POV-Ray : Newsgroups : povray.beta-test : POV-Ray v3.8.0-beta 1 - Parse error using "%s" in Win10 : Re: POV-Ray v3.8.0-beta 1 - Parse error using "%s" in Win10 Server Time
23 Jun 2024 08:20:41 EDT (-0400)
  Re: POV-Ray v3.8.0-beta 1 - Parse error using "%s" in Win10  
From: William F Pokorny
Date: 12 Aug 2021 07:01:22
Message: <6114ff82$1@news.povray.org>
On 8/11/21 5:55 PM, clipka wrote:
> Should it though?

Understanding what you are saying below, my answer is still, yes, 
because it is what my locale does if the information is available. In 
other words POV-Ray's %c result should match what my 'date' command 

Aside: IIRC, there's a huge text file with all sorts of locale 
information in it that gets used to create code for compilers and the 
like. I've never tried to find it. I do sort of wonder what it looks like.

Hmmm, just had a thought about that line of code in parser_strings.cpp:


I didn't play with that at all. Wondering at the moment what happens if 
we move that call ahead of:

std::tm t = 

Could it be we are not getting some fields because at that call we are 
effectively running: setlocale(LC_TIME,"C") ?

> The C (and by extension C++) standard mandates that `strftime` replace 

> That's it, no other specification for it. Whether that is to include any 
> time zone information is, I would argue, up to "the locale". For the `C` 
> locale, for instance, the standard specifically mandates that a timezone 
> specifier is NOT included in the "%c" replacement text.
> Also, even if the locale does happen to include a `%Z`, it makes sense 
> that it also gets replaced by an empty string, just like an explicit `%Z`.
>> // (***) Above issue and time not the actual utc time.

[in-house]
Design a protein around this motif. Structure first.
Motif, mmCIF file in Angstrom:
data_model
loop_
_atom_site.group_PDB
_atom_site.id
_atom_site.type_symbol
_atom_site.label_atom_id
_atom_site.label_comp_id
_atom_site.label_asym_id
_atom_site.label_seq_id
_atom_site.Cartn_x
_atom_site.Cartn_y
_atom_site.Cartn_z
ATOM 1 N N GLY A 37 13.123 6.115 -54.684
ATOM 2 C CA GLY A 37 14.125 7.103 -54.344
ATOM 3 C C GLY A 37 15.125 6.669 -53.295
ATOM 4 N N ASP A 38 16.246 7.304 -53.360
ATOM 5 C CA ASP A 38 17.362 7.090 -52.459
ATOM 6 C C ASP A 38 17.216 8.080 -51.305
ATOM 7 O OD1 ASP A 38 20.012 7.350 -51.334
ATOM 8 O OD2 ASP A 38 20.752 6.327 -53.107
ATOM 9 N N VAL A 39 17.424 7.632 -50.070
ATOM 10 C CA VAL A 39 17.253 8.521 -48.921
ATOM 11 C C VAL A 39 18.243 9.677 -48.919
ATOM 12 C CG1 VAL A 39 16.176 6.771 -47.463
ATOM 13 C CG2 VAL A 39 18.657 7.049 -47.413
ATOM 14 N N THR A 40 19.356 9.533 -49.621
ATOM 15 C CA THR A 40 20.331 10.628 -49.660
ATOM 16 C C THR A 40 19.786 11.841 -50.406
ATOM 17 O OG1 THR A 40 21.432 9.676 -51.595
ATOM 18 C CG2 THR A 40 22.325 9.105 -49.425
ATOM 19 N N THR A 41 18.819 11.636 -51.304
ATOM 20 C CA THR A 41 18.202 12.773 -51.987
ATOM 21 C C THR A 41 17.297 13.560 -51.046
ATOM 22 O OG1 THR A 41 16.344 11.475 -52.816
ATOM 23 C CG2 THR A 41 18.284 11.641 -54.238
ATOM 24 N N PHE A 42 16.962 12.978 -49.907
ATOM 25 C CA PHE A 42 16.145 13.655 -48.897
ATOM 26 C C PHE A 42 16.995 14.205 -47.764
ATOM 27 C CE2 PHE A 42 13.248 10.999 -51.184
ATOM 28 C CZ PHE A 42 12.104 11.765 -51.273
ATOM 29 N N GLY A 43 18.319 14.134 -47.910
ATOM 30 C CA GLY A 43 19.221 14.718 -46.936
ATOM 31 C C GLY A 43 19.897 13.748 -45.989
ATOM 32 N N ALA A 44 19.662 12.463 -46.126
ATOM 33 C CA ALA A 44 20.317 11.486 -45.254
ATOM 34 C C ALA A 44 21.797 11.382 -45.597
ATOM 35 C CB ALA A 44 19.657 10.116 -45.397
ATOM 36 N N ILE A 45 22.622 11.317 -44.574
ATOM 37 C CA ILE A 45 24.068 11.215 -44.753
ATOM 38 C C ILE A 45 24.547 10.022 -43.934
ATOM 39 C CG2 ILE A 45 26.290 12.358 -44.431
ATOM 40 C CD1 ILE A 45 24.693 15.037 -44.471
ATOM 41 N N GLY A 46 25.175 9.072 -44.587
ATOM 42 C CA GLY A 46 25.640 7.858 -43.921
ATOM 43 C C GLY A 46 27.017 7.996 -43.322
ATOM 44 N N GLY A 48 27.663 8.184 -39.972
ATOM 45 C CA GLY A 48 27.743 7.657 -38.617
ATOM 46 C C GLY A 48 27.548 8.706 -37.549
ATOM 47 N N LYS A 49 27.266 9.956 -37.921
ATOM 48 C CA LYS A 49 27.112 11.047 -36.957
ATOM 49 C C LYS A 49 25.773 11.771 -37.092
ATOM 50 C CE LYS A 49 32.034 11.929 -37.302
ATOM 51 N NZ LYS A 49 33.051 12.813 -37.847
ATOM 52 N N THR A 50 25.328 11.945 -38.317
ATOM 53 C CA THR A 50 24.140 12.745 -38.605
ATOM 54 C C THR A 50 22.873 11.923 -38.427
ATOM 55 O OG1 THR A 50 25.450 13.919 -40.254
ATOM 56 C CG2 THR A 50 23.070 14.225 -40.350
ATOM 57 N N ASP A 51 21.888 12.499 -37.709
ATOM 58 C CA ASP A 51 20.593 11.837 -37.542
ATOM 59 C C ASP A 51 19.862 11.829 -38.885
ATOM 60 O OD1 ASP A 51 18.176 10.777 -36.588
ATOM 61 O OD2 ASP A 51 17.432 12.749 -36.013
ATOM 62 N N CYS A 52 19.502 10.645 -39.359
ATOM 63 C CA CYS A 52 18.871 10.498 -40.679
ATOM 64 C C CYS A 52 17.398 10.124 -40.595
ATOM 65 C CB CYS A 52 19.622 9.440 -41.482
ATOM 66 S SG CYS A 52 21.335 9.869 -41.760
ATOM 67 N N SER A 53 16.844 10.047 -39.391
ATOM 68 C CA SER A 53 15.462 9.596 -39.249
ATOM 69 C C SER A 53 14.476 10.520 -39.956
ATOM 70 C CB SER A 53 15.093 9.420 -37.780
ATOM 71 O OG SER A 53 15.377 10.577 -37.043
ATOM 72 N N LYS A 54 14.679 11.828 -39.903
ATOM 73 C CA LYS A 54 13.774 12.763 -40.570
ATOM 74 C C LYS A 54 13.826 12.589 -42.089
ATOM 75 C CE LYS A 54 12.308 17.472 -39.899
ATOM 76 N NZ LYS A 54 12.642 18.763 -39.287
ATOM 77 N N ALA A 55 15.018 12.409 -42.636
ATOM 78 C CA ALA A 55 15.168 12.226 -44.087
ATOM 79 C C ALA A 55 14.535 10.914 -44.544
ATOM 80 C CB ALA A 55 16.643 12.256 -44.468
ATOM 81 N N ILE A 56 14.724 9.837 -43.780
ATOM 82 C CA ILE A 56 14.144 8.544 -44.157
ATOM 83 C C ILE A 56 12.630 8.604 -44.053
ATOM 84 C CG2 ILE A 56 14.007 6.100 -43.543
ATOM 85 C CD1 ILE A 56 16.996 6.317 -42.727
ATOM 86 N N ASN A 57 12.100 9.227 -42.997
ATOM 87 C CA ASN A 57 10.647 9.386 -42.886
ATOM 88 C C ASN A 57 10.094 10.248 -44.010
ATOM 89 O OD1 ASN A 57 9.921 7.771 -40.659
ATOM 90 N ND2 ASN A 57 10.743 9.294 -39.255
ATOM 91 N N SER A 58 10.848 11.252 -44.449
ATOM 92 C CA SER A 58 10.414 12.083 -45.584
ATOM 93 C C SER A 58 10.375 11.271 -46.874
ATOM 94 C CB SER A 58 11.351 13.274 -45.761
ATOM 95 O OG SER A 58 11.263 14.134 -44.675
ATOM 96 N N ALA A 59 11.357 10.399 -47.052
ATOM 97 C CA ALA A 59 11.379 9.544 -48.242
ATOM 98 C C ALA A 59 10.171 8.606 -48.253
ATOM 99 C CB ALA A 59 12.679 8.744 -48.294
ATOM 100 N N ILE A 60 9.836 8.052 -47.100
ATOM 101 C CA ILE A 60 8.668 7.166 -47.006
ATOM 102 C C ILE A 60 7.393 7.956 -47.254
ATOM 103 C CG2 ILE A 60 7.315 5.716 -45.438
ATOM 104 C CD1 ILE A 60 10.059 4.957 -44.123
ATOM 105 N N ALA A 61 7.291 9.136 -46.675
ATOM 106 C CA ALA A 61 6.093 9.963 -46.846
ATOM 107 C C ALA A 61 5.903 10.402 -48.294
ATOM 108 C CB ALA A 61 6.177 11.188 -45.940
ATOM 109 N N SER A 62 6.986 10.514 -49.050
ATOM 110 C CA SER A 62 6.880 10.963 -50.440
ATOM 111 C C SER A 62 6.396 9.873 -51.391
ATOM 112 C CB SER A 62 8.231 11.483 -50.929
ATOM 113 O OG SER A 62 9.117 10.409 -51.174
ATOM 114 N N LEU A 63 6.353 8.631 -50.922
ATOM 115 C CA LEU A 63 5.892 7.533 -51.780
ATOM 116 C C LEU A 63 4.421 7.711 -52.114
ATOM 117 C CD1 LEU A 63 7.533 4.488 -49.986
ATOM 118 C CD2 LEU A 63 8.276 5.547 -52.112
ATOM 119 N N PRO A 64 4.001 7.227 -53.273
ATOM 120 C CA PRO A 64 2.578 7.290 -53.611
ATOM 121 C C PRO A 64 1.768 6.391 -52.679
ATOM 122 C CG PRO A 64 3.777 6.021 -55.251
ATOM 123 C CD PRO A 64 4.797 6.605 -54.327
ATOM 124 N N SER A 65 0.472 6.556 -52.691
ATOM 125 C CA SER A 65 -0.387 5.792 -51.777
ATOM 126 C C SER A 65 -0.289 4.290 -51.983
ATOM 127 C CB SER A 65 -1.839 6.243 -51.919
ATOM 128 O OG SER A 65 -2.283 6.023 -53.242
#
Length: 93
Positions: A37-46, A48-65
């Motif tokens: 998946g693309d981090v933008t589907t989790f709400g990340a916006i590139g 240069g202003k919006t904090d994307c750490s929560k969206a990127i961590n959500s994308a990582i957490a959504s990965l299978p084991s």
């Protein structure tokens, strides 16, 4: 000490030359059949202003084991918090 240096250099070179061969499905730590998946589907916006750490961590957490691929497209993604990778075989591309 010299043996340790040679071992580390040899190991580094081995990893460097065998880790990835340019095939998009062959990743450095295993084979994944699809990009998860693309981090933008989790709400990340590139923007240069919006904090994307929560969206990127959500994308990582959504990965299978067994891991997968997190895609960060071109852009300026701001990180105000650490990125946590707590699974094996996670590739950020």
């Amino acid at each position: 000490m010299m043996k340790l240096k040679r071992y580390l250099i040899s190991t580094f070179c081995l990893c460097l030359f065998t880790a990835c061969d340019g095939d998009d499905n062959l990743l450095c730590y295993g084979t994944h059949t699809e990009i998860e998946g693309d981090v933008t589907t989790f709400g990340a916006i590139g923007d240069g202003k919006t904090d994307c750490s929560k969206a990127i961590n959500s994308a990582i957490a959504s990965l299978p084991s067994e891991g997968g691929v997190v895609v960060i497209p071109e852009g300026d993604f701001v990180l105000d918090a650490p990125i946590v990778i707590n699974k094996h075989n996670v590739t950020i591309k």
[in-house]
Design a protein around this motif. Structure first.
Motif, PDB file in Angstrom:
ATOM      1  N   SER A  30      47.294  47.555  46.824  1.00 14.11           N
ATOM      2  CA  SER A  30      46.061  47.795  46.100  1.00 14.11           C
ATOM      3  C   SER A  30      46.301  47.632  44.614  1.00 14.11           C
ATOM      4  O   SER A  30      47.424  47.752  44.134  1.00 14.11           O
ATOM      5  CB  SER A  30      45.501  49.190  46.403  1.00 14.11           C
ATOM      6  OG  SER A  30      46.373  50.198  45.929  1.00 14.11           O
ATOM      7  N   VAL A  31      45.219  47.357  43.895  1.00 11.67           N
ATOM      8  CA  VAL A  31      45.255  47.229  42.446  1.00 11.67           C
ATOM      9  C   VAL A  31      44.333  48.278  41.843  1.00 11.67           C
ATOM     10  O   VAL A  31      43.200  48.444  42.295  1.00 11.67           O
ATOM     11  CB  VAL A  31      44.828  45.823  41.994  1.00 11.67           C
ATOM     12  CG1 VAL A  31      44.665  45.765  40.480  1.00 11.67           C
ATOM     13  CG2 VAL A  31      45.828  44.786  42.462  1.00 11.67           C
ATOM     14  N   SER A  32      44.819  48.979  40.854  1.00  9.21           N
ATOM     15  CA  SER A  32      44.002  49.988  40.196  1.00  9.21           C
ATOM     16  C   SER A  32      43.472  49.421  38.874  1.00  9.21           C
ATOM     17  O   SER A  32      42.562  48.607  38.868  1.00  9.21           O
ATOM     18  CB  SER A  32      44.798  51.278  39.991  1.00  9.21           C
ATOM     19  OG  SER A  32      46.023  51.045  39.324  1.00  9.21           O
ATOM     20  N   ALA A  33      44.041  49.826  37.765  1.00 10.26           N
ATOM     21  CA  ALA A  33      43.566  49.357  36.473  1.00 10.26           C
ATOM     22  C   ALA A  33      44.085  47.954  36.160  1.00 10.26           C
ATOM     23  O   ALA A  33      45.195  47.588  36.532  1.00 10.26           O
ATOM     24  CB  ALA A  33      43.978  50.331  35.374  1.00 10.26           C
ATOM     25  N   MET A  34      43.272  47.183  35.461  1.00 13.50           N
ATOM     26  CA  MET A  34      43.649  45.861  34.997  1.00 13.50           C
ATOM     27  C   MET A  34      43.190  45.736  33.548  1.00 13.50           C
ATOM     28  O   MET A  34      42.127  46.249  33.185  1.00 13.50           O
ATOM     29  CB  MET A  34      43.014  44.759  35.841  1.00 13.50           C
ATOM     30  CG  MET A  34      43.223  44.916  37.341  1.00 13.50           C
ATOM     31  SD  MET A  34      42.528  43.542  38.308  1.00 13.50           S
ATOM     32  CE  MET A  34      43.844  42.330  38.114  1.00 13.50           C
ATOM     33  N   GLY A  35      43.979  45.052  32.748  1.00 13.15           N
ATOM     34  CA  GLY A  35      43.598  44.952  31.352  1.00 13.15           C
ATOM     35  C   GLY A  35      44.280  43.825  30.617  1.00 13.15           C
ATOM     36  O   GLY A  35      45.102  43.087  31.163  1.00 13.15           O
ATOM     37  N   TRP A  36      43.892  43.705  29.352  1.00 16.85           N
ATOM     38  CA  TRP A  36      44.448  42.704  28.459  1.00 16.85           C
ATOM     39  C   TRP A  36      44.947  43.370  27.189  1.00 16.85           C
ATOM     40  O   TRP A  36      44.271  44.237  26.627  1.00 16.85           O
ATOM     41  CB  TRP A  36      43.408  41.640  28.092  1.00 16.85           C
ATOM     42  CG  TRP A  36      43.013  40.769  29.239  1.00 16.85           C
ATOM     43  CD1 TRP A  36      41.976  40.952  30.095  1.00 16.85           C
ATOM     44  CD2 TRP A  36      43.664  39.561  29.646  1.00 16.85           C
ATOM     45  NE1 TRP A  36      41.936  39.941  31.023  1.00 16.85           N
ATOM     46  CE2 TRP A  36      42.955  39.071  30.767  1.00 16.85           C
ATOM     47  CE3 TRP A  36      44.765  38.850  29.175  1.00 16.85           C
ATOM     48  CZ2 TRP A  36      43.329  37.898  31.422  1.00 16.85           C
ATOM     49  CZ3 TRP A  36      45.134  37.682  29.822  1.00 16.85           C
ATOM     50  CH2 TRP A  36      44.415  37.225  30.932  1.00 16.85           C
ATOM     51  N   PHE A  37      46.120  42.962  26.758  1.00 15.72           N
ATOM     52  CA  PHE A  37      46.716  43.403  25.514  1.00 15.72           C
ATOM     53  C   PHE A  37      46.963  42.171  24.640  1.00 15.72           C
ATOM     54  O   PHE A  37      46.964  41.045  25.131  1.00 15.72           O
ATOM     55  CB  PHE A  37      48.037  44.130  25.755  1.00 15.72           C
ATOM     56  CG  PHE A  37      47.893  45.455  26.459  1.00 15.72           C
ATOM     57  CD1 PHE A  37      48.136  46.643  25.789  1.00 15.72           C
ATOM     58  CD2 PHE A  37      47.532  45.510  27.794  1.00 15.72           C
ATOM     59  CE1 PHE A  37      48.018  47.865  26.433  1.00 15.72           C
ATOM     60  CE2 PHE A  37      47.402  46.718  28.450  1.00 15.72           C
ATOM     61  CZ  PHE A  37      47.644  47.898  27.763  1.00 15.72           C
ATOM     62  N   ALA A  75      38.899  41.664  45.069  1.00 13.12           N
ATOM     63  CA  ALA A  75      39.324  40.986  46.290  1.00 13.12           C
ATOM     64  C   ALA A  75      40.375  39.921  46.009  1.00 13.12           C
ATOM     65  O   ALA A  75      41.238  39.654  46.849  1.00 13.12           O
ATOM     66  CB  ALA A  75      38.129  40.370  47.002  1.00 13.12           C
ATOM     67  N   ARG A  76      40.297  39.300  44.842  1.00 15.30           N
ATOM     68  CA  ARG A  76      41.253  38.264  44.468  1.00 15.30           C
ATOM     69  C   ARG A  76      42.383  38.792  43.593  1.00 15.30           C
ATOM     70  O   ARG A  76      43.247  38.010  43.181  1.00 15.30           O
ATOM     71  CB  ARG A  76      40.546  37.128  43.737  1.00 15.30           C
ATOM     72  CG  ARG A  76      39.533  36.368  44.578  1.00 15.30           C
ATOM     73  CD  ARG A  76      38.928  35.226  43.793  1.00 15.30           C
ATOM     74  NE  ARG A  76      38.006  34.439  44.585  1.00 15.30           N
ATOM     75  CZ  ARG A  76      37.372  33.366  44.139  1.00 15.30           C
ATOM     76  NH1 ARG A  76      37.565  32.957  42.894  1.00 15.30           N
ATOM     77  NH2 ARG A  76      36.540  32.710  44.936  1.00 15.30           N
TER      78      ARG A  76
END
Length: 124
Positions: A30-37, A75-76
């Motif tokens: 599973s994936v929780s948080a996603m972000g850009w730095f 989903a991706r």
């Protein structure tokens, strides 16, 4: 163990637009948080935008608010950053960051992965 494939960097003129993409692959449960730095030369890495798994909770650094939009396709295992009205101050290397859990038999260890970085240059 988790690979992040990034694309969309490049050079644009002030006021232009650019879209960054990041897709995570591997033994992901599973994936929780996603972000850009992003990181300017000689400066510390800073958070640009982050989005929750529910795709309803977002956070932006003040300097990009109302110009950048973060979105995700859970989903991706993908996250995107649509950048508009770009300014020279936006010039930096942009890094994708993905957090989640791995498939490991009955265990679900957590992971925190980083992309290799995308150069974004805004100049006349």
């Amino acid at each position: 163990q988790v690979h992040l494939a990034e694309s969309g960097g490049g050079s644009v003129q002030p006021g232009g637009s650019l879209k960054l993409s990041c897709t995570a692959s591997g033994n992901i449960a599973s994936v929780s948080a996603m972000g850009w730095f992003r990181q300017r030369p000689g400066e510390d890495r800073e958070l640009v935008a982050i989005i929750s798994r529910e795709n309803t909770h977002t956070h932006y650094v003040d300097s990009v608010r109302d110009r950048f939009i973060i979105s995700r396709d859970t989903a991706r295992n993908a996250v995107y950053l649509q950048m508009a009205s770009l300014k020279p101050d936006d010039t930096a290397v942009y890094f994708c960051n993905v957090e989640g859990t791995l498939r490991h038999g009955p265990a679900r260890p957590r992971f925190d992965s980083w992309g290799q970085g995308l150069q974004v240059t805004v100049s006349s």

> Not at all surprised there.
> Should match your local non-DST time.
>> As I believe I mentioned somewhere else, I'm not sure what all doesn't 
>> work with respect to formatting given the boost code being used 

>> strftime() formatting.
>  From all of my understanding, only the timezone identifier (either 
> explicitly, or implicitly such as via `%c`) should suffer.
> Okay, I guess the takeway lesson here is that as implemented up to (and 
> including) v3.8.0-beta-1, your system doesn't seem to have enough 
> information to decide what timezone is applicable, presumably because 
> the info whether DST is in effect for the date isn't explicitly set, and 
> your runtime library's `strftime` function does not make any attempt to 
> figure it our for itself.
> Which begs the question, what exactly does povr do differently?

The povr code looks like:

         std::time_t tt;
         if (FractionalDays <= -1e5)  // (****)
             tt = std::time(nullptr);
             tt = std::mktime(&t);
         setlocale(LC_TIME,""); // Get the local preferred format
         vlen = strftime(val, PARSE_NOW_VAL_LENGTH, FormatStr, 

Suppose, if you were to use something like it, you might make use too of 
std::gmtime() - depending on settings.

(****) - Yep, my old brain failed too to remember my own trigger for 
generating the time_t information immediately. At one point I was 
thinking of using any value prior to epoch, but apparently I didn't.

Bill P.

Post a reply to this message

Copyright 2003-2023 Persistence of Vision Raytracer Pty. Ltd.